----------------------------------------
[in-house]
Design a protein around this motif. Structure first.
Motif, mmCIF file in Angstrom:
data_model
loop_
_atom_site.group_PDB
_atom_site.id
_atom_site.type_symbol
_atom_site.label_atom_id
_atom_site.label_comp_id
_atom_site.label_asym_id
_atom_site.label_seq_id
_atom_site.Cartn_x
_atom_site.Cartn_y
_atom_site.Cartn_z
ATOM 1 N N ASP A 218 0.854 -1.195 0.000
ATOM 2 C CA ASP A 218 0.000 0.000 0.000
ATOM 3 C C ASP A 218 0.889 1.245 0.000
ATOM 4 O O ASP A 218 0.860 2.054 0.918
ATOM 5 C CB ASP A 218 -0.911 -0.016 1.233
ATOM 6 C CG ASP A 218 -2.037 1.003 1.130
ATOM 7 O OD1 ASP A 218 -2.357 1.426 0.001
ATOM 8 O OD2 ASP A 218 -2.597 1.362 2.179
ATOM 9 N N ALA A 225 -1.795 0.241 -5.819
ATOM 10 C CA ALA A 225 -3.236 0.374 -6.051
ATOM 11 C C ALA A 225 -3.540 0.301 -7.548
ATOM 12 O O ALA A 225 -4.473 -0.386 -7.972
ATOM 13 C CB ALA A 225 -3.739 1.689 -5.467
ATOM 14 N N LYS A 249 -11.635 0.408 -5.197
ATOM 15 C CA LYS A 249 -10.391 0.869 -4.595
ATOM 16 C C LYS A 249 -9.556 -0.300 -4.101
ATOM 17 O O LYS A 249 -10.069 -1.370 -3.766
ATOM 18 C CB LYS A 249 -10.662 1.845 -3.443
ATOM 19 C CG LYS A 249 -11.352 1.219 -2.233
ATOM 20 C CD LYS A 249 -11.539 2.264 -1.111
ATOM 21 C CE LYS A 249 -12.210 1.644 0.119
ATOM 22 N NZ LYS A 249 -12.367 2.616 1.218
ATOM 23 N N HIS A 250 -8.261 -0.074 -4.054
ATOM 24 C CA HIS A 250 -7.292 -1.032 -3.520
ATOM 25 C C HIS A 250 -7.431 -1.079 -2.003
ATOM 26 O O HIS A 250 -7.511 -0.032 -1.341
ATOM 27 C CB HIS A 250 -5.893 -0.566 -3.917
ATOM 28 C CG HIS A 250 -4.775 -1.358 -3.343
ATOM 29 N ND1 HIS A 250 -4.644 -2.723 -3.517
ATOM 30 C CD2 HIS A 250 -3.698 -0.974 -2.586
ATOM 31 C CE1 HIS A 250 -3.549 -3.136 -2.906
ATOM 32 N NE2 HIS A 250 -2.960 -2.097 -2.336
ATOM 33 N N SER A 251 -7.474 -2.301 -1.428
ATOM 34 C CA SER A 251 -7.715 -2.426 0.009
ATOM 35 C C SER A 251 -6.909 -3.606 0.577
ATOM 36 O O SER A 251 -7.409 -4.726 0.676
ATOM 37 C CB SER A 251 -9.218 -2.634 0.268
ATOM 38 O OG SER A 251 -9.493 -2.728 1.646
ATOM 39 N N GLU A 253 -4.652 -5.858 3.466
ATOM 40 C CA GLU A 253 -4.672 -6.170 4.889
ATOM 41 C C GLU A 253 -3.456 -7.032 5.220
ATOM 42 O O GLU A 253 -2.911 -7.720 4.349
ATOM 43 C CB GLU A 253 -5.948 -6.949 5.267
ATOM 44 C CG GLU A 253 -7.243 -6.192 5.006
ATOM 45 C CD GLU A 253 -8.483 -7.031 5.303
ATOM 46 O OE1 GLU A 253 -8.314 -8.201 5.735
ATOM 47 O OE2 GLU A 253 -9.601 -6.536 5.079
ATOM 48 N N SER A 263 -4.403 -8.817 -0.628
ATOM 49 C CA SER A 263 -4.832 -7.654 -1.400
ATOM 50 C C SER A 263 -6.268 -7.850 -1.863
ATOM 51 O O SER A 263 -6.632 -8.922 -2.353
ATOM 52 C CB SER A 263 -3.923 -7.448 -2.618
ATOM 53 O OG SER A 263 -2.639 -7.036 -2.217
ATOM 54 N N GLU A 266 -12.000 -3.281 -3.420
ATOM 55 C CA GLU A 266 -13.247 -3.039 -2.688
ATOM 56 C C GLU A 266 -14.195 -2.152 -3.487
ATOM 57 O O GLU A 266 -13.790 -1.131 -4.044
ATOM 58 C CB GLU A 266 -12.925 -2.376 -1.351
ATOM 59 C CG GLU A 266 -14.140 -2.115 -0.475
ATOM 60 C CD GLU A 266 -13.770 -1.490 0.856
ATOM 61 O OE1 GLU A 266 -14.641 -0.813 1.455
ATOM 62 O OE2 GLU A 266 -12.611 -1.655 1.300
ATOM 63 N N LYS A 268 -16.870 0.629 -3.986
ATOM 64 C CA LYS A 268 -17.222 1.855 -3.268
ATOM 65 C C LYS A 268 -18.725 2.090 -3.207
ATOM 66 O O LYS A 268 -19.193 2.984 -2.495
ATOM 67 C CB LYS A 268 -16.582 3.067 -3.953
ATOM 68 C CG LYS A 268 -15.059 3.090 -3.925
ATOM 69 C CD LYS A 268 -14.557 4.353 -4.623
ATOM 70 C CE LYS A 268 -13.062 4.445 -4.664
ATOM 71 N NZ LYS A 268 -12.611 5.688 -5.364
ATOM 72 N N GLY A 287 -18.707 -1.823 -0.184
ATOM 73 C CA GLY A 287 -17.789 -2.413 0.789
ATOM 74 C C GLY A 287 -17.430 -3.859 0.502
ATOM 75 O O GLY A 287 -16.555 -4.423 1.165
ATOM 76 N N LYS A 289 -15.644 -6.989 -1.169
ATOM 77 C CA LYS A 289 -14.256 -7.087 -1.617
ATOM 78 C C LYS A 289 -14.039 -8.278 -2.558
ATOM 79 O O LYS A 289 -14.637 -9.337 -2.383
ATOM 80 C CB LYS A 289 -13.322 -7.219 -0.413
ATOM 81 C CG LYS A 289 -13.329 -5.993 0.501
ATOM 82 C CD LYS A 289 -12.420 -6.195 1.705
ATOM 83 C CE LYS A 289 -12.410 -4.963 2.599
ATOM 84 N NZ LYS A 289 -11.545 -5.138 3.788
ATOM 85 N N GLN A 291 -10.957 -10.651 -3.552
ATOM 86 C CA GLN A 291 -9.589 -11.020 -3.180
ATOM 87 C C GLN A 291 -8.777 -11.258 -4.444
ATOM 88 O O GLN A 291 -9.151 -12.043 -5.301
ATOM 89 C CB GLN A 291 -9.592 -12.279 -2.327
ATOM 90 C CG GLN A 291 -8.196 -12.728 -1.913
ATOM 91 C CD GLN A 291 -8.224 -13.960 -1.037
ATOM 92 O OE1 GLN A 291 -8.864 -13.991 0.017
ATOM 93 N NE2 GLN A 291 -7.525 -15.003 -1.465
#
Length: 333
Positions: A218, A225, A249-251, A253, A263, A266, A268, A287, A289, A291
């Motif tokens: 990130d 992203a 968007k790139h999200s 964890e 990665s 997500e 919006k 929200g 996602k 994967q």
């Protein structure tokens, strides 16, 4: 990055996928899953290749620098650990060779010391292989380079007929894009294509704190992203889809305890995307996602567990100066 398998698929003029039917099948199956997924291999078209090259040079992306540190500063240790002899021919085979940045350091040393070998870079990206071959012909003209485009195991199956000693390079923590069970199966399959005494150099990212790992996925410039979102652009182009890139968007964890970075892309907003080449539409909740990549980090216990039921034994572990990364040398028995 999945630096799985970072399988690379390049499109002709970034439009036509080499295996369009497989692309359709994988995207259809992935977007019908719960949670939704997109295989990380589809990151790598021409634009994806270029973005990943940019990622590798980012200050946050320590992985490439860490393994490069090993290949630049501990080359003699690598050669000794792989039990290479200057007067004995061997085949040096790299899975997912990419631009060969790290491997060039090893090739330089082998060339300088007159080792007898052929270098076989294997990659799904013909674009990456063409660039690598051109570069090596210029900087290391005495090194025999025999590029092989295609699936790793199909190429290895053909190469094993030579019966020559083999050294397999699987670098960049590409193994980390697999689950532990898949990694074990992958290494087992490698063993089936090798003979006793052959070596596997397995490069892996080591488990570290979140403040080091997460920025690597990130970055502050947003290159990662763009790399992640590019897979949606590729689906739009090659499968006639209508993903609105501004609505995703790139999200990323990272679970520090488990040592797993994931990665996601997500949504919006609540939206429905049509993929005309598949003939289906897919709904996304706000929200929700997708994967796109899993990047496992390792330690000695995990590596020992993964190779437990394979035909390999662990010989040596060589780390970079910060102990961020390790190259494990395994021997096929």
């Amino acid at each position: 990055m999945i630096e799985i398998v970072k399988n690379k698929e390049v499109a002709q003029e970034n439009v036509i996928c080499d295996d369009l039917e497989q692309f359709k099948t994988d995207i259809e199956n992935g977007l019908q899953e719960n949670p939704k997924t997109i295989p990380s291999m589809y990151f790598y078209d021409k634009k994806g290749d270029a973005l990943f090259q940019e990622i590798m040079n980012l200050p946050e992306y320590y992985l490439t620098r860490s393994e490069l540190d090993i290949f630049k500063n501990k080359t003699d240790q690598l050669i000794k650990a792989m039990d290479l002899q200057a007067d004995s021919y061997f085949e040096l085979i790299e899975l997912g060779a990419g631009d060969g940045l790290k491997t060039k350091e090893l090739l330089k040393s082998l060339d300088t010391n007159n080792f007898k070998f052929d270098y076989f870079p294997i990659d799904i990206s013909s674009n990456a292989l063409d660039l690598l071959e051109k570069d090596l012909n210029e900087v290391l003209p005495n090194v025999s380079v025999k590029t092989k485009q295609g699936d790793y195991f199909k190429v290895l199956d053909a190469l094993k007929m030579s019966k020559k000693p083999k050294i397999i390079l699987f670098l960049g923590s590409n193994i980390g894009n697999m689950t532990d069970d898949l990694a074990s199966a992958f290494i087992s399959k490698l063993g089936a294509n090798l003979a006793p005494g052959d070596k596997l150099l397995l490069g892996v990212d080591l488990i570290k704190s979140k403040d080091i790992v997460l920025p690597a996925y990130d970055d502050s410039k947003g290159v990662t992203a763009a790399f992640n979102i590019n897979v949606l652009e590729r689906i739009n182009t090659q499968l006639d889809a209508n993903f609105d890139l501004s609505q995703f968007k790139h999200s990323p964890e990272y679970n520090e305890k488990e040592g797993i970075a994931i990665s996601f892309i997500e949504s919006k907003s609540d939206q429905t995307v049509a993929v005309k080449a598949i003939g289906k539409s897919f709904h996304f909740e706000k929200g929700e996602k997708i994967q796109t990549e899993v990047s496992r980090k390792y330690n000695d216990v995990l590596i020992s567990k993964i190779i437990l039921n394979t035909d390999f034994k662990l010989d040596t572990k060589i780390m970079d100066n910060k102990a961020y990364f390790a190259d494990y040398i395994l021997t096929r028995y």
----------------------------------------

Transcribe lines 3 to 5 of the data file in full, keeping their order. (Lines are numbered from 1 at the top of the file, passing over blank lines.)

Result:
Motif, mmCIF file in Angstrom:
data_model
loop_